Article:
By Ricky Yeo : Interiors Quarterly

 Nov | Dec 1995

Within the original 30's layout of the living area, the mood is unmistakably 90's. Fenestration details are original to the architecture of the flat. Painting by Jane Hammond. Credenza with concealed lighting. Sofa is custom-made from an original design by Jacques Amille Ruhlmann. It is chosen for the crisp proportions of the front elevation, and the smooth curving lines by the sides.

A 100mm deep cabinet stores glasses, becomes a drinking rail during entertaining and a sill for Paul Klee's lithographs. The wall lamp is from a hospital.

Behind the bar counter are niches for books and artifacts.

king4.jpg (9149 bytes)

The toilet with a trough basin. White tiles are lined in a brick pattern.

king5.jpg (10826 bytes)

The kitchen with glass-paned collapsible doors invites natural light into the enclosed space. A great venue to start the day with a cup of coffee


L O O K I N G    G O O D   [cover story]

From being habitués to becoming residents, this couple has cottoned on to the charm of Tiong Bahru neighborhood.

There is, within this benign interior, a sinister undercurrent. It is largely emanated by an untitled life size painting in the living room. Its creator Jane Hammond had depicted a po-face man, possibly a ventriloquist, holding up a dummy, around them are images from such disparate sources as magic, alchemy and exotica. This picture, the first that greets the visitor when he enters the flat, is disturbing. 'The painting is the anchor for the living room', says owner Nicholas King. 'In a room of this small scale and simplicity, we wanted something that would grab your attention. And you would need something pretty big and bold to do that'. King, a property developer, lives here with his wife Zee, a graphics director.

While shocking in its effect, the painting, displayed in this particular context, is exciting, provocative. This 'context' refers to the Tiong Bahru estate, one of Singapore's first prototypes for public housing conceived in stages between the 30's and 50's. What are the factors that lured the Kings to this neighborhood?

"We visited this area many times in the past, so it wasn't by chance that we moved here. We like Tiong Bahru because of its history and its character - the Art Deco architecture, the market, the sundry shops and food stalls', says King. 'Given the choice of a new condominium apartment with the same floor area, we would still prefer this older unit. It has a much more logical layout of space'.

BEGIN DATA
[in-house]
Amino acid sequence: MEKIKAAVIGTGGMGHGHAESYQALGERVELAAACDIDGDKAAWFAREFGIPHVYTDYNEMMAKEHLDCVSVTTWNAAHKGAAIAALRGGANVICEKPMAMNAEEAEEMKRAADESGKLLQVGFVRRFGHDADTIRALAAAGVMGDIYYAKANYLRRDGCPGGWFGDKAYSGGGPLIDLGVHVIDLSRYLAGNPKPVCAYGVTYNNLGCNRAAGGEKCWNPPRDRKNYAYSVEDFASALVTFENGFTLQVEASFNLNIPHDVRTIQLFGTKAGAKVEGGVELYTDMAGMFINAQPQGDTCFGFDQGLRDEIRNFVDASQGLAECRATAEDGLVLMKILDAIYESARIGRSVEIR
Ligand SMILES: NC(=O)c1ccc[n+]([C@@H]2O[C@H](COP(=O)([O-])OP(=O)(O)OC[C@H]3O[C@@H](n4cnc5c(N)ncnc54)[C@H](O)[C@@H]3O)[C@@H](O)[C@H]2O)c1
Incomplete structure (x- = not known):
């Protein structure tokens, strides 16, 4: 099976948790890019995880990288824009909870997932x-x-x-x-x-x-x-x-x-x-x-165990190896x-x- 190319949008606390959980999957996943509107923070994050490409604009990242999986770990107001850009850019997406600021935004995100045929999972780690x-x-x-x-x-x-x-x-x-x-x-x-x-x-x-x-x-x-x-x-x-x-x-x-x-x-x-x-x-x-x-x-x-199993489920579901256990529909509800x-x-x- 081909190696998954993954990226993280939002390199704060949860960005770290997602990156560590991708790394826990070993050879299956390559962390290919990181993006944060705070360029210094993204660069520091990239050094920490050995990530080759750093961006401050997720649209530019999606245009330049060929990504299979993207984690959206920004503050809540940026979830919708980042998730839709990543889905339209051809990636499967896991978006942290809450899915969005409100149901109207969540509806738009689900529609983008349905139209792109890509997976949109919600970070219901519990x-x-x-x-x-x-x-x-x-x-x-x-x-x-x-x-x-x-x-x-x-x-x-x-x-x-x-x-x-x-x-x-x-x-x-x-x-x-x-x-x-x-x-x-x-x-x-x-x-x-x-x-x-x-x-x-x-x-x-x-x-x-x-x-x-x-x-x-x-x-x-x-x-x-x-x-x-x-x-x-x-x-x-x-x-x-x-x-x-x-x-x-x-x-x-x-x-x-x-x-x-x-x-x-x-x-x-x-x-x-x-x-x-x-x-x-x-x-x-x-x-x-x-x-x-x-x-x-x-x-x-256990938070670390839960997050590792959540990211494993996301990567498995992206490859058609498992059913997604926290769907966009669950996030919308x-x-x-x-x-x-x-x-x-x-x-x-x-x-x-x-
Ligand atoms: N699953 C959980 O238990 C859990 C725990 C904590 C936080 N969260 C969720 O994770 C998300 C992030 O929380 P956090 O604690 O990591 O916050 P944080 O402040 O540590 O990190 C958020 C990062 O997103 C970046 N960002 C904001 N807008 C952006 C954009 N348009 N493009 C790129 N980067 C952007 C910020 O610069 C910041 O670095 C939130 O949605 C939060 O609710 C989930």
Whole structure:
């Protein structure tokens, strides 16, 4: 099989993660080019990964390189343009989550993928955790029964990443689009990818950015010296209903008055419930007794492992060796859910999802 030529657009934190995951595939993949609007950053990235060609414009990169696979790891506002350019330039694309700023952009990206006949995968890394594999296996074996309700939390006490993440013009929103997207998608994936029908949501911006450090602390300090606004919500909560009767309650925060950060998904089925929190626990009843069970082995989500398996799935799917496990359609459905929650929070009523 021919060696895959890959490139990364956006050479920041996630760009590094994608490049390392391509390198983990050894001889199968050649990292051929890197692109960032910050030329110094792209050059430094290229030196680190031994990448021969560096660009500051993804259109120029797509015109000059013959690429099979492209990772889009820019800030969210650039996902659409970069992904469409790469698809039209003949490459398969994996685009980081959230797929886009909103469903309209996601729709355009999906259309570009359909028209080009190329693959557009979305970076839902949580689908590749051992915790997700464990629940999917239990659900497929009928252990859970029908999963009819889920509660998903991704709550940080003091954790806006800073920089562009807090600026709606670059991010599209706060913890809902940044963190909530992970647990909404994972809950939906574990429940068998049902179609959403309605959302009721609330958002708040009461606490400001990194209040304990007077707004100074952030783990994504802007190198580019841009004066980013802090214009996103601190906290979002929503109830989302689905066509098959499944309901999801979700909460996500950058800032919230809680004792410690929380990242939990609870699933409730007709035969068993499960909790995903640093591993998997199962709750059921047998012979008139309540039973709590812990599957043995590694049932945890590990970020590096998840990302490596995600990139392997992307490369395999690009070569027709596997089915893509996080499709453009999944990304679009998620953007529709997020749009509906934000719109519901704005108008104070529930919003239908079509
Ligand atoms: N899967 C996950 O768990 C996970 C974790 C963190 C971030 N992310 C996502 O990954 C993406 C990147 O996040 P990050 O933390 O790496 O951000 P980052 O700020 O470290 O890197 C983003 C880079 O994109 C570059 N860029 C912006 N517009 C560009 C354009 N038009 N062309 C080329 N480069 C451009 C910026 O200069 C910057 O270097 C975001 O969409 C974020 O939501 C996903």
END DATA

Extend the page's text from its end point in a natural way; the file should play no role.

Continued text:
With the help of the designers from Poole Associates, the flat is planned in a flow of elegant interconnecting spaces, yet fulfilling the function that the Kings demanded of each specific room. 'We wanted to do some fundamental re-work to the home without feeling guilty', says King. 'If you buy a new condominium and start knocking down walls, you don't feel there is the opportunity to do as much. In a place like this one, it didn't matter if we change the layout around. The freedom in creating new spaces presented itself to be rather attractive'.

The aim therefore, is to retain the character of existing structures and rooms, New perfunctory elements are extravagant only in terms of form and texture. Modern services such as conduits, aircon units, wiring and plumbing are as far as possible, concealed within HBD requirements. The overall interior design while respectful of the building's history, is also cognizant of its relevance to a 90's home.

Says King: 'This being our first place together, Zee and I wanted to simplify things. We wanted a home which was architectural and had the fundamental elements of the right surfaces, spaces and functions'. To that end, the designers have shown resourcefulness in creating ample storage space. About the credenza (a long, low cabinet) in the living room, King says: 'It's a combination of surface veneer, storage and for lighting. It's something you couldn't achieve by putting a piece of furniture in its place. The same goes with the bar cabinet where all the glasses are stored'.

A long cabinet 100mm deep, begins near the entry door and connects through to the bar counter. It acts as a 'mantelpiece'. This mantel is exploited to the fullest, providing multiple function as glassware storage, a drink-rail during entertaining and a ledge for art pieces. Says King: 'We wanted the space to serve many purposes. We wanted to pack as much as possible and yet keep it as simple as possible. Putting in the bar counter gave us storage for glasses and bottles, and this adds meaning to the spaces. 'This space-saving thinking originated from the hotel room system. I have always envied hotel rooms for the thought and level of detail that go into designing them. Usually in an apartment, you just get bare walls and put in furniture. That need not be the most efficient way to use space. We wanted efficient use of space and we didn't want clutter. So we were absolutely ruthless in getting rid of knick knacks and odds and ends'.

One investment that the Kings have saved is their art collection. These paintings give color to a primarily restful off-white interior. Apart from the Jane Hammond painting, there are also Paul Klee lithographic prints from a series of 50 that were purchased when King studied at Harvard in Boston. The corridor to the kitchen features Indian prints.

With the existing concrete floor pitted and cracked, new flooring material was installed to enhance the character of the house. The new floor is made from pulverized quartz crystal, mixed with yellow and pale lavender dye. It gives the look and color of very old and worn concrete, but when polished, elicits a finish that is smooth as glass.